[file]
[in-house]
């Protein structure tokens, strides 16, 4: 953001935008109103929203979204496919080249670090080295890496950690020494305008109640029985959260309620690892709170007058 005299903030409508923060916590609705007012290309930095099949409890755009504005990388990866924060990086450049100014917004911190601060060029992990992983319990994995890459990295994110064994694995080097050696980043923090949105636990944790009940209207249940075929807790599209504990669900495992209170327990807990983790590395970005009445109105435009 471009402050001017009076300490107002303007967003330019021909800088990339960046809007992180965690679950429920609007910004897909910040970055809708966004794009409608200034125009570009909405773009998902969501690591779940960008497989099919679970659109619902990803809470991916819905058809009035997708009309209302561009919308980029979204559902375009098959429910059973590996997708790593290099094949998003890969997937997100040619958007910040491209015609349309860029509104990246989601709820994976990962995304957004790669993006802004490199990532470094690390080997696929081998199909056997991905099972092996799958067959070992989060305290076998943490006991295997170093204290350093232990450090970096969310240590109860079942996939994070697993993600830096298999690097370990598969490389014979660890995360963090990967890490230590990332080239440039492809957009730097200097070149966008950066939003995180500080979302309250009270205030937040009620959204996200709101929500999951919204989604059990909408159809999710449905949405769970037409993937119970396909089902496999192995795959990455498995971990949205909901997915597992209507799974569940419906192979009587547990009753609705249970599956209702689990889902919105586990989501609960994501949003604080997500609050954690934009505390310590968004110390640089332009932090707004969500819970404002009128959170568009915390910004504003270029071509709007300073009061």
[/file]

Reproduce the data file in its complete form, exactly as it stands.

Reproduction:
[in-house]
């Protein structure tokens, strides 16, 4: 953001935008109103929203979204496919080249670090080295890496950690020494305008109640029985959260309620690892709170007058 005299903030409508923060916590609705007012290309930095099949409890755009504005990388990866924060990086450049100014917004911190601060060029992990992983319990994995890459990295994110064994694995080097050696980043923090949105636990944790009940209207249940075929807790599209504990669900495992209170327990807990983790590395970005009445109105435009 471009402050001017009076300490107002303007967003330019021909800088990339960046809007992180965690679950429920609007910004897909910040970055809708966004794009409608200034125009570009909405773009998902969501690591779940960008497989099919679970659109619902990803809470991916819905058809009035997708009309209302561009919308980029979204559902375009098959429910059973590996997708790593290099094949998003890969997937997100040619958007910040491209015609349309860029509104990246989601709820994976990962995304957004790669993006802004490199990532470094690390080997696929081998199909056997991905099972092996799958067959070992989060305290076998943490006991295997170093204290350093232990450090970096969310240590109860079942996939994070697993993600830096298999690097370990598969490389014979660890995360963090990967890490230590990332080239440039492809957009730097200097070149966008950066939003995180500080979302309250009270205030937040009620959204996200709101929500999951919204989604059990909408159809999710449905949405769970037409993937119970396909089902496999192995795959990455498995971990949205909901997915597992209507799974569940419906192979009587547990009753609705249970599956209702689990889902919105586990989501609960994501949003604080997500609050954690934009505390310590968004110390640089332009932090707004969500819970404002009128959170568009915390910004504003270029071509709007300073009061």